Time for a change of style for Bristol City?

At the risk of going full ‘yer da', sometimes you need to just clear the ball.

Manchester City were closing Bristol City down all first half and they were struggling to get out of their half for large chunks of the opening gambits of the game at 0-0.

While there’s no doubt that manager Lee Johnson has told them to play out from the back, when you’re facing a team that simply does it better than them, like Manchester City, a bit of flexibility may be needed.

They were bringing on unwarranted pressure as Guardiola’s side closed them down at the edge of the box, and that’s where the opener came from.

Joe Bryan and Hörður Björgvin Magnússon failed to clear the ball when he could, instead looking for a pass that wasn’t on and getting dispossessed by Bernardo Silva, who found Sané.

From then, with the German free in the penalty area, there was no doubt that the ball was going to end up in the back of the net.

Of course the Manchester side don't give defences any time on the ball and will cause bigger teams than Bristol City more problems.

But with the Robins on a poor run of form, without a win in seven now, they should consider switching how they play, even if it is just briefly, to pick up a win.

Flint a rock at the back

In the summer, Flint could have left Bristol City. He was a Birmingham City transfer target, with the Blues seeing a £3.5million bid for the defender rejected. Robins fans must be so relieved that he stayed.

Not only is he a rock at the back, he’s a key player from set pieces too, and was the home side’s main threat in the first half when they got a free kick or a throw-in.

As they pushed forward late on, he deserved to be the man who scored. He is as imperious in the opposition box as he is in his own and it was obvious why he now has seven goals this season.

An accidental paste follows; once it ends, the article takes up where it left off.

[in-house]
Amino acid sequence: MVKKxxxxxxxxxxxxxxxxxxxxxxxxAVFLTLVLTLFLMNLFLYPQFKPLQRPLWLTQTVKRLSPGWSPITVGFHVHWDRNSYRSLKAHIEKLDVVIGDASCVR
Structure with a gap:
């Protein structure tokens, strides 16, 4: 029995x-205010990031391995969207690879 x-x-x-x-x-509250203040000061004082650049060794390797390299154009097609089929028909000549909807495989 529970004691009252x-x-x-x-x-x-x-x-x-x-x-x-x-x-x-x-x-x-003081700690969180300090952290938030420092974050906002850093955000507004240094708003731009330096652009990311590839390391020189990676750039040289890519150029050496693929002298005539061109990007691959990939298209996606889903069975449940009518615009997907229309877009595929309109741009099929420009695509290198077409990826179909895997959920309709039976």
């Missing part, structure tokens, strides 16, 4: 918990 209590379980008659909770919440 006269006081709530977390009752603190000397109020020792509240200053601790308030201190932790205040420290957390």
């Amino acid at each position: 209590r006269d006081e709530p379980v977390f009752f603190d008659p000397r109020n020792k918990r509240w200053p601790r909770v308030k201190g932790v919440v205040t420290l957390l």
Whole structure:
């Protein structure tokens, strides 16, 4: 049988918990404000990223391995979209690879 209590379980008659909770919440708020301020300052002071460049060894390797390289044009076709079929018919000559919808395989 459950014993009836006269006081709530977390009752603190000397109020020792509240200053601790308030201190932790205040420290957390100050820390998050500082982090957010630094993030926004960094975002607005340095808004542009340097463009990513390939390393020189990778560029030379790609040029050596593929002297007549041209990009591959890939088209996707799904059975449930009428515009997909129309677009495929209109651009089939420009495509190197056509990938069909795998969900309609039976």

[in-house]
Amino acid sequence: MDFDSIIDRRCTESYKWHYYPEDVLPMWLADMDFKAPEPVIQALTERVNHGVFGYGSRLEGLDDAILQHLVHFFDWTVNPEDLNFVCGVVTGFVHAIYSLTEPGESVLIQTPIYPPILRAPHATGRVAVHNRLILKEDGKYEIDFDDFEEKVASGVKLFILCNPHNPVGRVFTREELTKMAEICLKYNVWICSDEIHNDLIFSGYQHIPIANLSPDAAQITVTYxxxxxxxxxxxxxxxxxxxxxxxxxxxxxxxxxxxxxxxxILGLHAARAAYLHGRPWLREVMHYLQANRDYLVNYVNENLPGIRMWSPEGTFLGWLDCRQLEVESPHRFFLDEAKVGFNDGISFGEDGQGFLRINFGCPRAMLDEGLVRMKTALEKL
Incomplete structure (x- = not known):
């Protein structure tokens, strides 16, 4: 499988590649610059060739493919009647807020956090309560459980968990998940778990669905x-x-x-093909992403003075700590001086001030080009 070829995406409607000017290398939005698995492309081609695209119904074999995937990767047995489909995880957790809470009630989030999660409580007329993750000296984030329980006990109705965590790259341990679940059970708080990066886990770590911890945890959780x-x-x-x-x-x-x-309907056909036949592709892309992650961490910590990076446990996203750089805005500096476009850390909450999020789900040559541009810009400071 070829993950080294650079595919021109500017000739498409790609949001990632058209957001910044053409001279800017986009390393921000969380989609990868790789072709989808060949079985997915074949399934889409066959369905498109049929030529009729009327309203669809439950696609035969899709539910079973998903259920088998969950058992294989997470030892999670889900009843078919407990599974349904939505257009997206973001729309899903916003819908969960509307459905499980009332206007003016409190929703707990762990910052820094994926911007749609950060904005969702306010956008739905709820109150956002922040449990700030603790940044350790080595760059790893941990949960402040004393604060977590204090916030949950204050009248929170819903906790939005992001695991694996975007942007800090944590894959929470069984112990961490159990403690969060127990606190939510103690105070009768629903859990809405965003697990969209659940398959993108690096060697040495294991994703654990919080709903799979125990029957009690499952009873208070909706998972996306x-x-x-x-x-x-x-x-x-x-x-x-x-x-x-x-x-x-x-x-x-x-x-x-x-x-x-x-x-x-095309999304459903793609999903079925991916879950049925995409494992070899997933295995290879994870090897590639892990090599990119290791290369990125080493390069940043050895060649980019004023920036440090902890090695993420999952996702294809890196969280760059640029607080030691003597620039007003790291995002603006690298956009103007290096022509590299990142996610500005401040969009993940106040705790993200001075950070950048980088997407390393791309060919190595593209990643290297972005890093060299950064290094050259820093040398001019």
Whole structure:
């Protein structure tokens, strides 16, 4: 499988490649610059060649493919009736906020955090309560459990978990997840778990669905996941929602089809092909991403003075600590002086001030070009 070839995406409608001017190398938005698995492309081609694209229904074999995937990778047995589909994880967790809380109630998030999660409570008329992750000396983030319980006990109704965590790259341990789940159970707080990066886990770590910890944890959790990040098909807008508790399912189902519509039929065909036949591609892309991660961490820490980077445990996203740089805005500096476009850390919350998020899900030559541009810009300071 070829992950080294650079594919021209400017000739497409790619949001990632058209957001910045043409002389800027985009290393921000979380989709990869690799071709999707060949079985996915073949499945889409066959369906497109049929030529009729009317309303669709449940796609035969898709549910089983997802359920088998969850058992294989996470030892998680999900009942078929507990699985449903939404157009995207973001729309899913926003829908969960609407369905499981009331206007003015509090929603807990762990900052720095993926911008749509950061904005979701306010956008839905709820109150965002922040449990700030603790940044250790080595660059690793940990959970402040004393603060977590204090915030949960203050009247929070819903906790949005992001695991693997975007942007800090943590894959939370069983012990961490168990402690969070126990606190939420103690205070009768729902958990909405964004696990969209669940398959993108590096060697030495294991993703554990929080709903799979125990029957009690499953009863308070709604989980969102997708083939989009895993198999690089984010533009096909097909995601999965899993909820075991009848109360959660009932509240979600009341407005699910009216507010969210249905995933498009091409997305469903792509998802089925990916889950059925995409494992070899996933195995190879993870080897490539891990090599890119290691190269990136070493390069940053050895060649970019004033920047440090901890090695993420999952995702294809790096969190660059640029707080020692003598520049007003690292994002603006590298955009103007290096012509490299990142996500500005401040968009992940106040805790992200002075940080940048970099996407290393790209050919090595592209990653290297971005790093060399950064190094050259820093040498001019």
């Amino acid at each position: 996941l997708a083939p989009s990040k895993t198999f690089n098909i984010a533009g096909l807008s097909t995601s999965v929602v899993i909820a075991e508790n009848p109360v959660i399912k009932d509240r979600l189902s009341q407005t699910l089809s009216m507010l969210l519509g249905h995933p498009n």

The centre-back won more aerial duels (three) than any of his team-mates and wasn’t at fault for any of the goals his side conceded.

At 28, he’s not young, but having risen from non-league to the Championship, it would be a shame if he didn’t get a chance in the Premier League before he retires.

If Bristol City can refind some form, he may well be doing that next season with the Robins.

Do City need a left-back?

When Oleksandr Zinchenko arrived in Manchester, he was an attacking midfielder, but with Benjamin Mendy and Fabian Delph injured, he’s been standing in at left-back.

Given that Guardiola is preferring him to Danilo underlines just how much he rates him.

Going forward he’s a threat, which was underlined with a decent shot that went with after 23 minutes.

But he's got a lot of work to do in defence. Both Bristol City goals came from his side, and a proper full-back would not have been caught out of position.

If Mendy and Delph aren't fit soon, Manchester City could have a problem at left-back.

The Russian is undoubtedly a promising talent, but he's not comfortable on the left side of a back four at the moment. Him playing means a previously unstoppable team now have an obvious weakness.


Manchester City